Everyone makes resolutions at the start of the new year, but keeping these resolutions past the first month can be tough. Instead, let’s look at things we should stop doing in 2016 that could improve our life!
1) Maintaining a gluten-free diet
Only about 1% of the population has celiac disease, a disease in which the small intestine is hypersensitive to gluten, leading to difficulty in digesting food.
For the rest of us, a lecturer from Yale University says, the gluten-free choice is neither healthier nor cheaper.
2) Doing sit-ups
Many in the world of fitness say that sit-ups can put you in risk for back injuries. The repetitive motion can put force on spinal discs and consequently, nerves according to a professor of spine biomechanics.
Fitness experts instead recommend trying crunches, modified sit-ups using exercise balls or — even better — the plank pose.
3) Drinking diet soda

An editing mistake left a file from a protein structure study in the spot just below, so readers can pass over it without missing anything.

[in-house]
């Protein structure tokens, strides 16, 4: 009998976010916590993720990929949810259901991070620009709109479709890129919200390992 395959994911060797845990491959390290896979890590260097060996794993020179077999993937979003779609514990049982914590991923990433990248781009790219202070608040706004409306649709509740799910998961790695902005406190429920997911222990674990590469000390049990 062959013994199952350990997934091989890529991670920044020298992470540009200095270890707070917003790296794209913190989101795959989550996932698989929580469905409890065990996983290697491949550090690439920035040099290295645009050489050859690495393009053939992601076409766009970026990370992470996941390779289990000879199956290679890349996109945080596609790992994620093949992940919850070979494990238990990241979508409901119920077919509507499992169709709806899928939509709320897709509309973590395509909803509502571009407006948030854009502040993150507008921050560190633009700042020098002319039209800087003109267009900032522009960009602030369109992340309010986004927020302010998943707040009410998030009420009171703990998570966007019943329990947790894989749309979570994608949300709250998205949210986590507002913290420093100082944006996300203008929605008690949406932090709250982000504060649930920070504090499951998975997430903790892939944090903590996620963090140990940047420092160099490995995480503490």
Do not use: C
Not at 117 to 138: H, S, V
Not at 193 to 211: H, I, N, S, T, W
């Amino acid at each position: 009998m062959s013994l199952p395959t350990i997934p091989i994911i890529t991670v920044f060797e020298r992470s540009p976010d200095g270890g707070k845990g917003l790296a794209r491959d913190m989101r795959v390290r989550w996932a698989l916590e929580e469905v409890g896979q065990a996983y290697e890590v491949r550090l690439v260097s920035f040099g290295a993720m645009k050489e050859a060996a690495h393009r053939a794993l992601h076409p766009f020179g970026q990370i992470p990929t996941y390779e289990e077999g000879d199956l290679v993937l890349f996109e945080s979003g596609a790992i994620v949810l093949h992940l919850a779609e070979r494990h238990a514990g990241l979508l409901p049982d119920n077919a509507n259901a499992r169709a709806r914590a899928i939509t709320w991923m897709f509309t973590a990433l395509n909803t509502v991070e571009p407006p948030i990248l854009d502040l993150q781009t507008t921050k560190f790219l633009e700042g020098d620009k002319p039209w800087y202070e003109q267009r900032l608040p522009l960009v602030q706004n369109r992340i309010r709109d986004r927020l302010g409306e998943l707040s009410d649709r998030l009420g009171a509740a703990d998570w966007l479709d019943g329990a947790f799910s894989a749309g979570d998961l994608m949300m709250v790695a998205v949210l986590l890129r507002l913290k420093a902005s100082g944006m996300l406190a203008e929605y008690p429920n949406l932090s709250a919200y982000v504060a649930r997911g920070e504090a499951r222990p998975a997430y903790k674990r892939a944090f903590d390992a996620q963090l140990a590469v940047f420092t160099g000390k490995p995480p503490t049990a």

Turning to Diet Soda for help losing weight? It may be time to think again. A study found the amount of diet soda consumed by study participants was closely associated with escalating stomach fat over time. It’s part of a growing body of evidence that drinks previously viewed as guilt-free may have negative consequences after all.
Scientists still aren’t sure exactly why low-calorie drinks may result in weight gain, but the study’s senior author told that the results are especially acute for those who are already overweight.
4) Reducing coffee consumption
The caffeinated beverage could protect you against certain skin cancers — and the more you drink, the better, a study earlier this year found. Coffee addicts may experience the greatest protection, since participants who drank four cups a day or more had a 20% lower risk of malignant melanoma.
Don’t run to Starbucks or Tim Horton's just yet, though. Researchers caution that the results are only preliminary. But combined with reports that coffee may help with risks of liver disease, Parkinson’s disease, type 2 diabetes and more, it may be enough for a java justification, if you need one.
5) Buying pricey vitamins
Nearly half of North American adults take a dietary supplement but most healthy adults don’t really need it. A balanced diet and regular exercise are better alternatives and are all one needs. Consult with your doctor before taking any vitamins.
6) Going to your dry cleaners
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Everyone can use a little bit of extra time to enjoy life.